Use this URL to cite or link to this record in EThOS: https://ethos.bl.uk/OrderDetails.do?uin=uk.bl.ethos.770690
Title: Cognitive and neural foundations of perceptual biases for the self and social groups
Author: Enock, Florence
Awarding Body: University of Oxford
Current Institution: University of Oxford
Date of Award: 2018
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Abstract:
The notion of the self as distinct from other people is fundamental to the study of human psychology. Closely tied to this sense of self is the profound importance of belonging to social groups. The cognitive prioritisation of self- and ingroup-related information, known as self-bias and ingroup-bias, occurs across a multitude of cognitive domains. Although adaptively beneficial, biases arising from social categorisation are the source of prejudiced attitudes, discriminatory behaviours and intergroup conflict. Several studies have demonstrated enhanced response times and accuracy performance in perceptual matching for self and ingroup stimuli compared to others and outgroups. However, the cognitive and neural mechanisms underlying these effects are relatively unexplored. The present thesis examines five core outstanding research questions: 1. What is the relationship between perceptual prioritisation for the self and social ingroups? 2. How does social context modulate ingroup-bias? 3. How quickly does group affiliation affect early perceptual processing? 4. Do trait differences underlie the strength of perceptual prioritisation for the self and social groups? 5. What are the commonalities and distinctions in the neural regions that underpin biases for the self and social ingroups? Broadly, the findings of this thesis suggest that: 1. There is an overlap in the representation of stimuli associated with the self and ingroups but the performance advantages are likely to be driven by partly distinct processes. 2. Perceptual biases for ingroups are robust across differing social contexts. 3. Social categorisation quickly enhances low-level perceptual processing even when this categorisation is novel and random. 4. There is no evidence to suggest that individual trait differences in group identification or self-concept underpin the perceptual biases. 5. Cognitive prioritisation for the self and ingroups are supported at least in part by distinct neural mechanisms. Together, these findings provide a novel perspective on the relations between self and ingroup representation in brain and behaviour.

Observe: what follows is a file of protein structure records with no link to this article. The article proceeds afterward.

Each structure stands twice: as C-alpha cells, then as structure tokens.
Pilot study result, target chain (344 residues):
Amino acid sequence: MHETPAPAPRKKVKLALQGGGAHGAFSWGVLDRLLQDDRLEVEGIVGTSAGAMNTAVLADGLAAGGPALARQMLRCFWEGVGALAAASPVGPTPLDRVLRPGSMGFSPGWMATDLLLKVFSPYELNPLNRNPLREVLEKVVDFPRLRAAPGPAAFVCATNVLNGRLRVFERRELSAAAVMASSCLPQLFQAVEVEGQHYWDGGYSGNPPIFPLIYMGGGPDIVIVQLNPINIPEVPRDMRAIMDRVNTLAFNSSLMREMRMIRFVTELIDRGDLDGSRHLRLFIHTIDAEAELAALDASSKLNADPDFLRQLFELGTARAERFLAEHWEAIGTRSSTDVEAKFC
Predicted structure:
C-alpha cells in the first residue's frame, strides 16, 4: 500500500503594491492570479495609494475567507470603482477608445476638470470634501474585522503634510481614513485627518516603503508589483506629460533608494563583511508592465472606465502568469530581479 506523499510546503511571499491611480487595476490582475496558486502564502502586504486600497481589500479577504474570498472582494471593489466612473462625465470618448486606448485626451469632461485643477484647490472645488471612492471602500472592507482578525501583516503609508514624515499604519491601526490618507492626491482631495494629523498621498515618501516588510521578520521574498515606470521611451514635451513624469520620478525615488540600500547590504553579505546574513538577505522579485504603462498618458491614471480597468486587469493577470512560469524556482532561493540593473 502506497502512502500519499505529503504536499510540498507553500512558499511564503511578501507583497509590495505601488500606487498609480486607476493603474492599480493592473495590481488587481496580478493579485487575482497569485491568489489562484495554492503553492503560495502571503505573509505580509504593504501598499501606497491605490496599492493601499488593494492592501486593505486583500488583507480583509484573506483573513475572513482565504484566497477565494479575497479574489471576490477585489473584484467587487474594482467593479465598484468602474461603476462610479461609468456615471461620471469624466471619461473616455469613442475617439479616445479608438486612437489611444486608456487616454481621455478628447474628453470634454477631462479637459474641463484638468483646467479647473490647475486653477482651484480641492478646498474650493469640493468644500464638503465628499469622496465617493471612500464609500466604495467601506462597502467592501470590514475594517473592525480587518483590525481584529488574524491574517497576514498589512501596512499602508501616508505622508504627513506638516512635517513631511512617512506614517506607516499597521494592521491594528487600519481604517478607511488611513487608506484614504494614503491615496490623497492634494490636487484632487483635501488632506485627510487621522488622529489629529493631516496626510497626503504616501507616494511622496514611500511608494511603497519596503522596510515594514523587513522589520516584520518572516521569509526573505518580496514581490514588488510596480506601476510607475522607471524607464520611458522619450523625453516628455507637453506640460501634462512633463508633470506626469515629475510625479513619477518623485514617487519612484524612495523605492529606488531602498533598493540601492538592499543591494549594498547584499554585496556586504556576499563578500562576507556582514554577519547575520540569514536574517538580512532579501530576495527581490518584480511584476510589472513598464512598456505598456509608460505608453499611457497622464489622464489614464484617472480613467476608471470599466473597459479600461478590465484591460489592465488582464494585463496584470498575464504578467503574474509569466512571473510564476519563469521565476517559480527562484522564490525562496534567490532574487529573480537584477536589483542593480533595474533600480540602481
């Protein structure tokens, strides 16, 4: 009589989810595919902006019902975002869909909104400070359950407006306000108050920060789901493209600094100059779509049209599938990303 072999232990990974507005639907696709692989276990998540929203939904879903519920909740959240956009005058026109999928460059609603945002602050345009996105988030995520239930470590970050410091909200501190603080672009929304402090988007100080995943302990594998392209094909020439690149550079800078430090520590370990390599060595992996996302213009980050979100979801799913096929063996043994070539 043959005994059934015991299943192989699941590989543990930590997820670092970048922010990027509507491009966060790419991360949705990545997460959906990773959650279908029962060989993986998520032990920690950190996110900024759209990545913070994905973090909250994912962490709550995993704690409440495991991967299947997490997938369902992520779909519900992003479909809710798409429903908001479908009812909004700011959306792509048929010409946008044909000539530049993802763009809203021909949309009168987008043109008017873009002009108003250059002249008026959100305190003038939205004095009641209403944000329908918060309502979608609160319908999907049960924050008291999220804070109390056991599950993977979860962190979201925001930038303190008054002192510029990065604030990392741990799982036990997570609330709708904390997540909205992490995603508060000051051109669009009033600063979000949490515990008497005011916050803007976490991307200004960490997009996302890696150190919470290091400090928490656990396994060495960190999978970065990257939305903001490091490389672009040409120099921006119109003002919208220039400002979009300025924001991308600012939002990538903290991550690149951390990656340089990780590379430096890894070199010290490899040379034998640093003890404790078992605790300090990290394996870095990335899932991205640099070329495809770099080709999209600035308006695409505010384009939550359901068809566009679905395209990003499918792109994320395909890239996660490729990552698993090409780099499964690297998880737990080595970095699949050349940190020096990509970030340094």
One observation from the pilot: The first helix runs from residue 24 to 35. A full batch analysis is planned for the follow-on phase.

Supervisor: Hewstone, Miles ; Lockwood, Patricia ; Sui, Jie Sponsor: Defence Science and Technology Laboratory
Qualification Name: Thesis (Ph.D.) Qualification Level: Doctoral
EThOS ID: uk.bl.ethos.770690  DOI: Not available
Keywords: Psychology, Experimental
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